How are you today? I have a question for you. When you were young (young enough that it wasn’t possible for you to know what you wanted to be when you were no longer young), what was your answer to this question: “What do you want to be when you grow up?”
I always thought this was a ridiculous question. When I was in high school, this question really began to annoy me because I always felt like it was putting so much pressure on me and my friends.
So, my friends and I started making up answers. We would literally sit around and brainstorm possible answers that would shock our parents’ friends.
One day, after one of our small southern town church services, one of these friends approached my mom and me. She had a friendly enough smile, said a really nice hello, probably hugged my mom, but I can’t remember, then it happened. She asked. The. Question.
“Hi, Heather. What’s the plan for after high school? What do you want to do with your life?” (See what she did there? She rephrased it just slightly in attempt to throw me off, but the question was still just as pressure-inducing.)
My friends and I had just watched the movie Cocktail with Tom Cruise and Elizabeth Shue, so I said…
“I’m thinking about becoming a bartender.”
My mom’s friend’s eyes widened to the size of pancakes. I’m pretty sure my mom stopped breathing.
I quickly realized I had said something wrong, so I tried to make things better by saying, “Oh, but not like one of those bartenders at the local bar (not to insult those hard-working folks, but I was seventeen at the time), but you know… One like Tom Cruise in the movie Cocktail… Like at the beach… Or in New York…”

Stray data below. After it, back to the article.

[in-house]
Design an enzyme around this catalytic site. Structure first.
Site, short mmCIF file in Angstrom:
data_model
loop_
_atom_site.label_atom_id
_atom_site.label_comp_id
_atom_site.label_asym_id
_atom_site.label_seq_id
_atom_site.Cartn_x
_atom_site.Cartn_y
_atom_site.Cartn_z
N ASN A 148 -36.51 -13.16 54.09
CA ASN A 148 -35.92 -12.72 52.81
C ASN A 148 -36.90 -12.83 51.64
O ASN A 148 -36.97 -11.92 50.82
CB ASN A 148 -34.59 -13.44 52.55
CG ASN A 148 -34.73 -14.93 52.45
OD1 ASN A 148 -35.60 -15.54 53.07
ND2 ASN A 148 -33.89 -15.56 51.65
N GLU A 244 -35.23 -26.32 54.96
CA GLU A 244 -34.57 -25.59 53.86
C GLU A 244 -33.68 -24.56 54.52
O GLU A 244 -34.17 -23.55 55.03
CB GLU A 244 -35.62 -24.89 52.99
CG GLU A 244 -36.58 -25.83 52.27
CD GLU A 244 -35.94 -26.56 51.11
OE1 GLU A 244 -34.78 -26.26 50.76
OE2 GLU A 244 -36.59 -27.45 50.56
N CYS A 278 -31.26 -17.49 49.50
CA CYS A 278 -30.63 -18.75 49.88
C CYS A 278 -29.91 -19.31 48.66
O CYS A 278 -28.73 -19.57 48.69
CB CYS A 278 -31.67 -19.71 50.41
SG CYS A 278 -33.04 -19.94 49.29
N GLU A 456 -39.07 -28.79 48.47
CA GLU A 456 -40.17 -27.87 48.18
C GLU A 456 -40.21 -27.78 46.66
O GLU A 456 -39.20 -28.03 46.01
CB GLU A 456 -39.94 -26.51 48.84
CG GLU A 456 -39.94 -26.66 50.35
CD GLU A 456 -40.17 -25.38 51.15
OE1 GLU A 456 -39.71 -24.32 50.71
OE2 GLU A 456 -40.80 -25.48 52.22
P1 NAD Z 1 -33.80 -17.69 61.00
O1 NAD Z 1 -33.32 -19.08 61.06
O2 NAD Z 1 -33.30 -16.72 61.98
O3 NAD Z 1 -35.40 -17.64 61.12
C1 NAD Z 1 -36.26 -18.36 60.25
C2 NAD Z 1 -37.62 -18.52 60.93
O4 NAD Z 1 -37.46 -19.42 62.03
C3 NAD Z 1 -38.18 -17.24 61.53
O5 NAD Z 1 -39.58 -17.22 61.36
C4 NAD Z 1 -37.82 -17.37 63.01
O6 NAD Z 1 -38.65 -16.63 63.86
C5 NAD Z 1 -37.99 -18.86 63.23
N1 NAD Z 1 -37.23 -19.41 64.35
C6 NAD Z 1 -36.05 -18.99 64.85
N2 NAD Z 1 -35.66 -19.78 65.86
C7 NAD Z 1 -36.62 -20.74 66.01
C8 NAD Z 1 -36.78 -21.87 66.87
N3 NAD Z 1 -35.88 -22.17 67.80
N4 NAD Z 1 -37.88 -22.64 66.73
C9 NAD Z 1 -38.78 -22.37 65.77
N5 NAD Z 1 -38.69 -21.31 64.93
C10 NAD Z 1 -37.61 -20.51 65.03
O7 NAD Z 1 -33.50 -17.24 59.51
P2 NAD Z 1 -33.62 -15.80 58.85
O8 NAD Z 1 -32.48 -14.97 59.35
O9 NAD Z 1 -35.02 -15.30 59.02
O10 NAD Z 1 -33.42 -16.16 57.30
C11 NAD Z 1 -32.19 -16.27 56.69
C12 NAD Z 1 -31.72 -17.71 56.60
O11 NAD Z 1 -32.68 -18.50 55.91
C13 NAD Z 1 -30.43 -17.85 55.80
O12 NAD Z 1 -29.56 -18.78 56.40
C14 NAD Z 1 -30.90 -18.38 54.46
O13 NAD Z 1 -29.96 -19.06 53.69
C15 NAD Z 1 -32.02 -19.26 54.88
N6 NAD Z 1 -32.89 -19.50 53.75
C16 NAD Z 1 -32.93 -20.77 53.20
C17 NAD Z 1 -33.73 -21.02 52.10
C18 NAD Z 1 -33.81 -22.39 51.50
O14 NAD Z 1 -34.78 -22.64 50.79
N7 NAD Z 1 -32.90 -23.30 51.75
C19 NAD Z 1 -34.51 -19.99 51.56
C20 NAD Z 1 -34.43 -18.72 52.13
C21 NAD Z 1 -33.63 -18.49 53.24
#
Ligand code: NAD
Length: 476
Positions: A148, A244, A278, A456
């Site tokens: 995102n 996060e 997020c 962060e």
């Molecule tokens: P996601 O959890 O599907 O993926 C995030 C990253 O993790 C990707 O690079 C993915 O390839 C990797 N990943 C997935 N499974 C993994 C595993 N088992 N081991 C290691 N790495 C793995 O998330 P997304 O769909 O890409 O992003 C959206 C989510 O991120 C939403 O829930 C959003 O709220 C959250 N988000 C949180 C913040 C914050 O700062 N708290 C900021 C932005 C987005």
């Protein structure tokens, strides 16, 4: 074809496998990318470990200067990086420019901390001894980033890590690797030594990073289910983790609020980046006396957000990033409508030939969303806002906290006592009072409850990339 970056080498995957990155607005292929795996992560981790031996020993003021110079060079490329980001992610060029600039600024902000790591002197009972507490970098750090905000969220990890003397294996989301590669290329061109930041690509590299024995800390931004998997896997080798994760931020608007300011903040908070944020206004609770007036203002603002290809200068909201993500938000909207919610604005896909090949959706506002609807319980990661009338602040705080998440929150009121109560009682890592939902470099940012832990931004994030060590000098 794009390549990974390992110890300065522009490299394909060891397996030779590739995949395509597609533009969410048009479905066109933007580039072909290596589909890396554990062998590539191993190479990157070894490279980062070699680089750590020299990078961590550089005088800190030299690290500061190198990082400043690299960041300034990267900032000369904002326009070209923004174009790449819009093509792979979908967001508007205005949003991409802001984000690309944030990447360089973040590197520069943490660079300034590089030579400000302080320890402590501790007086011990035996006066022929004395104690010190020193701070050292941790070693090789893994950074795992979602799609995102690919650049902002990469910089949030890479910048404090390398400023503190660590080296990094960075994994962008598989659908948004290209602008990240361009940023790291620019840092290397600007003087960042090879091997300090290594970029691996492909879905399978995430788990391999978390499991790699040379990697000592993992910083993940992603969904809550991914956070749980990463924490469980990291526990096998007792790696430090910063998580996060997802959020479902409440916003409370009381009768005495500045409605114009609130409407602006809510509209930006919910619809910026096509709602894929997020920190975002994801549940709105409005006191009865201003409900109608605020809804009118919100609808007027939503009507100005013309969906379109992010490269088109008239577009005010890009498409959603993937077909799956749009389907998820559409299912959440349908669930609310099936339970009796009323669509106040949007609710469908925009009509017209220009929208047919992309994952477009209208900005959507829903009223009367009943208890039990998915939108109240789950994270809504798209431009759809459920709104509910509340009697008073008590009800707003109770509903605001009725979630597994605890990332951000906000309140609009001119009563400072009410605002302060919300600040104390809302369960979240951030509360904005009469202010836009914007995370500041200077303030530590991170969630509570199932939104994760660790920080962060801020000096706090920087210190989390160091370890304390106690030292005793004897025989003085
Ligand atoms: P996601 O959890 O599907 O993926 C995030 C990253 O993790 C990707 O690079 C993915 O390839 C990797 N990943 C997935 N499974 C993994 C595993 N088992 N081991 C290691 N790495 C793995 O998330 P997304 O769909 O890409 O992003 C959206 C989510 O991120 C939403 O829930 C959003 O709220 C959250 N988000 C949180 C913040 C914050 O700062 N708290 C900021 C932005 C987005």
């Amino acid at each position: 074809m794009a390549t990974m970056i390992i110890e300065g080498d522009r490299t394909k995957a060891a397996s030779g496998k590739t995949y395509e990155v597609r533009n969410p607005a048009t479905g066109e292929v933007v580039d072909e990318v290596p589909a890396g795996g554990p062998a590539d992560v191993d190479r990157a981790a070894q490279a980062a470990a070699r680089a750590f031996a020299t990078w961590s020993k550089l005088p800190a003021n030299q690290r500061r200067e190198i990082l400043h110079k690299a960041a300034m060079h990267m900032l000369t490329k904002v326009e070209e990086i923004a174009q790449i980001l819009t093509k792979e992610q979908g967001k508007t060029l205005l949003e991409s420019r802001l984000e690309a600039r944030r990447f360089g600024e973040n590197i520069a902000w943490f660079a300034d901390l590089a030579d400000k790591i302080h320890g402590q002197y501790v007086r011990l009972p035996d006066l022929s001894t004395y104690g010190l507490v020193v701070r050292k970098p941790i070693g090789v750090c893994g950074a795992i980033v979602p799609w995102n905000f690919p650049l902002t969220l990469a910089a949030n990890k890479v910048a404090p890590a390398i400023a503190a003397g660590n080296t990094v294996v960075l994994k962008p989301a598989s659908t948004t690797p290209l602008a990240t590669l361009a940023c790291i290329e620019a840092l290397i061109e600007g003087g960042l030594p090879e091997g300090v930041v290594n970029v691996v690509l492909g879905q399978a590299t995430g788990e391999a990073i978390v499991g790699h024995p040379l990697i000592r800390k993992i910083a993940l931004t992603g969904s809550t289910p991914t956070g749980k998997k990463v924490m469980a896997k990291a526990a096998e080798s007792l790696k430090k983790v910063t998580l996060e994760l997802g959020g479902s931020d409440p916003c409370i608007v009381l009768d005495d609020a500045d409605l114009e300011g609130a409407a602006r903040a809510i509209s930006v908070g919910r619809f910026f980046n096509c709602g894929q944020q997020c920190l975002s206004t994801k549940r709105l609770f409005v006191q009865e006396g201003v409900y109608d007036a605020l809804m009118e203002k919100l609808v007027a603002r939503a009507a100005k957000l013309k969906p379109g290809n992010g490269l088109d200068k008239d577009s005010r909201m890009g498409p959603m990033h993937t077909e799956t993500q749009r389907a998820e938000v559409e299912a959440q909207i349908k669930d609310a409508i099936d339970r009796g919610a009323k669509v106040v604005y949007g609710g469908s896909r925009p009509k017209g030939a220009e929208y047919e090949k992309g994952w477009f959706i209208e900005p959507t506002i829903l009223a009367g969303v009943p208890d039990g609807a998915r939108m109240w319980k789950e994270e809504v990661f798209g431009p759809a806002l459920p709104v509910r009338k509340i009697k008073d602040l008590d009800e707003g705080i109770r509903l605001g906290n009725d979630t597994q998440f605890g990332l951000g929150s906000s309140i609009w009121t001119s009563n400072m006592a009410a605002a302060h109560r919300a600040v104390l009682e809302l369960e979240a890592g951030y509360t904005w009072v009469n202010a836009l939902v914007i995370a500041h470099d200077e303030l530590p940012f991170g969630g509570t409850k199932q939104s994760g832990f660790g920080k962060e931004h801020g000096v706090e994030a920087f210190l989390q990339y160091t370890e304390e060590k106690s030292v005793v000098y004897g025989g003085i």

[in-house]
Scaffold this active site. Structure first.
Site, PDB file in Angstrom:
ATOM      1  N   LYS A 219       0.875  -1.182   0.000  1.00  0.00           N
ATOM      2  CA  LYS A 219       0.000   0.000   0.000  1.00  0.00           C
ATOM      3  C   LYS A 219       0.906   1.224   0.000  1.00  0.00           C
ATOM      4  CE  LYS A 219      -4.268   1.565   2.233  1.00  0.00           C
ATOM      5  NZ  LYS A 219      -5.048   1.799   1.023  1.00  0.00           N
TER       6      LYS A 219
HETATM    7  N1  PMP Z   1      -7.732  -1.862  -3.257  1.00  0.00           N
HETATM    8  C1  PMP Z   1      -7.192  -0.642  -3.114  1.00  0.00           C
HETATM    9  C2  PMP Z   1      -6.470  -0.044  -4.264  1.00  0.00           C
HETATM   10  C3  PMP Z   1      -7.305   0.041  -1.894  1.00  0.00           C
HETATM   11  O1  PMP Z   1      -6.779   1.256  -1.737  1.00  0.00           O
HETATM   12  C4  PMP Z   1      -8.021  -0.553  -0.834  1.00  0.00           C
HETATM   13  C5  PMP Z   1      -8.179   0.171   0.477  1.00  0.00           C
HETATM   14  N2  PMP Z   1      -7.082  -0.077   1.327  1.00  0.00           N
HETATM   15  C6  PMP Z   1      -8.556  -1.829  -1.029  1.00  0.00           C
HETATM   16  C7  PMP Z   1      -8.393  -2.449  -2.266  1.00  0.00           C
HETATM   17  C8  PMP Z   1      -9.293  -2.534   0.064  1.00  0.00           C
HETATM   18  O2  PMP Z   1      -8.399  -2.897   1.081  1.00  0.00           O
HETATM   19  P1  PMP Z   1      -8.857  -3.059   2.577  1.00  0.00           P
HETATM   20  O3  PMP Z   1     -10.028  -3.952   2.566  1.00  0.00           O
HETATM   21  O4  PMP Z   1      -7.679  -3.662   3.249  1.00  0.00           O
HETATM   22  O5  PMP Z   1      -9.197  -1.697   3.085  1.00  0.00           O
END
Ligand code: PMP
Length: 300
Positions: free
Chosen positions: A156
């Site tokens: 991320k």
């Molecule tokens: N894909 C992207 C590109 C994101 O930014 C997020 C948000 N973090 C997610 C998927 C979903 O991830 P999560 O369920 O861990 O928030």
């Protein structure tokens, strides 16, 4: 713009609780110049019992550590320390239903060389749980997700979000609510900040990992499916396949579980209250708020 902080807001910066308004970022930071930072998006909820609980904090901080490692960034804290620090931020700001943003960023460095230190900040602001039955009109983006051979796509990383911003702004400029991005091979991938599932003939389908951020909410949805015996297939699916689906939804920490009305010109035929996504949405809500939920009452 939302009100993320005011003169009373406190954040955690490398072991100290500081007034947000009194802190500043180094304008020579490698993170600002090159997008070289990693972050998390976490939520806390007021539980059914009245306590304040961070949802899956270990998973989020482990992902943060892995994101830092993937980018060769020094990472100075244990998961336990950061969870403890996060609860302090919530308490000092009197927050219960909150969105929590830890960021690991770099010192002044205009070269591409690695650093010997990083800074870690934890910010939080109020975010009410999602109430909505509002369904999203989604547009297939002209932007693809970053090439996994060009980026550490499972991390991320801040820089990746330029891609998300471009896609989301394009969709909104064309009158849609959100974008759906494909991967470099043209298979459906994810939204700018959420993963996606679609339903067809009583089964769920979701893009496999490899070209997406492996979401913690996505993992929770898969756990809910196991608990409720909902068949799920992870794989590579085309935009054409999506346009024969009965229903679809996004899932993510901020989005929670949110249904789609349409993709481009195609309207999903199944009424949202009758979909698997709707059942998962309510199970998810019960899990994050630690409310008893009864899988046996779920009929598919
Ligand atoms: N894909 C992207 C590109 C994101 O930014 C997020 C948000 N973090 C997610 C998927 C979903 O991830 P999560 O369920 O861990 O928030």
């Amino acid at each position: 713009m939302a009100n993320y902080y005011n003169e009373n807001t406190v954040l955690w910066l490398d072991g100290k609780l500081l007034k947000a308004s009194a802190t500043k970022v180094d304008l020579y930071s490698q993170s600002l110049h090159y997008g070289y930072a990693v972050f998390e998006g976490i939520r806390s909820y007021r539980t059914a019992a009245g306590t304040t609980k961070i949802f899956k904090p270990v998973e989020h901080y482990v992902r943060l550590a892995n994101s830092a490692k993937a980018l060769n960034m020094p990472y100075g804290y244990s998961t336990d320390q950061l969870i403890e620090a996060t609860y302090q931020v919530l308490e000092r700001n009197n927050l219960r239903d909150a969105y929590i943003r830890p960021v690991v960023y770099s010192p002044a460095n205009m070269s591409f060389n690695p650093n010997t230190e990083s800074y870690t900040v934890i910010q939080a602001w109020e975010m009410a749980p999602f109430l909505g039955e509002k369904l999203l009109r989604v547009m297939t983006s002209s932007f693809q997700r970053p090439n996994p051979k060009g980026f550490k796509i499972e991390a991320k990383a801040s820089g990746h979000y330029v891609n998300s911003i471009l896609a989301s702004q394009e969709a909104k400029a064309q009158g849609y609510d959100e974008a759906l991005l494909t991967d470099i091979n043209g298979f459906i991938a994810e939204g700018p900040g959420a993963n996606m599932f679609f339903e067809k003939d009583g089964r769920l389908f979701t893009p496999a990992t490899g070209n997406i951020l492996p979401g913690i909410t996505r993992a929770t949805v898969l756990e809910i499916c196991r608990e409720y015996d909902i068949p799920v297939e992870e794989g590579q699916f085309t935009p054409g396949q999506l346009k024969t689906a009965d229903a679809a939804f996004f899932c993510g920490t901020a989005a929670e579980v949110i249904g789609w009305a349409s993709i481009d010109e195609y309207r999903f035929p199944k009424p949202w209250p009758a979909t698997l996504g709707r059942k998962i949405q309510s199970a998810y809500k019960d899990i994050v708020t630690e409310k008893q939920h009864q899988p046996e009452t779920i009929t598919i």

I just kept talking. Adding additional jaw-dropping comments to the end of the statement that had pretty much silenced everyone in the middle of our church sanctuary, until I finally said in a small voice, “I haven’t really decided.”
Yeah… My mom didn’t talk to me for hours (maybe days – my memory is a little fuzzy) after that. Fortunately, no one at church asked me what I was planning to major in at college or what I was planning to be when I grew up ever again.
I don’t tell you this story to lessen the importance of the job of a bartender or to insult anyone who is or has been a bartender. I have absolutely nothing against bartenders. But as a rebellious teenager, I thought it would be funny to tell this nice lady in the middle of church that I wanted to be one. Apparently, according to the two-hour lecture I was given later, it wasn’t funny. At all.
But it made me scared to really admit what I did want to be. I spent a couple of years exploring the idea of becoming an FBI agent. I’m pretty sure my parents would have flipped out if I had decided to go that route. I don’t know if that had any effect on what I did eventually choose, but I never did apply to the FBI Academy like I had wanted to. I just stared at the application for a few years.
Now, after saying goodbye to a 20-year career as a CPA, I did leap into a career I really wanted. I jumped into a career as a writer where I get to pretend that I am an FBI agent (In Darkness series), a cloned human on the run from the government who wishes I didn’t exist (Mindspeak series), and the only survivor of a deadly Ebola-like virus (Emerge series).
In order to take my career as an FBI agent seriously, I attend police academies, get shooting instruction, and do anything I need to do to make sure my books are as accurate and real as possible.
So, I’m curious… Leave a comment below: What did you want to be when you grew up? And did you end up choosing that as a career? And have you ever changed careers?
Until next time,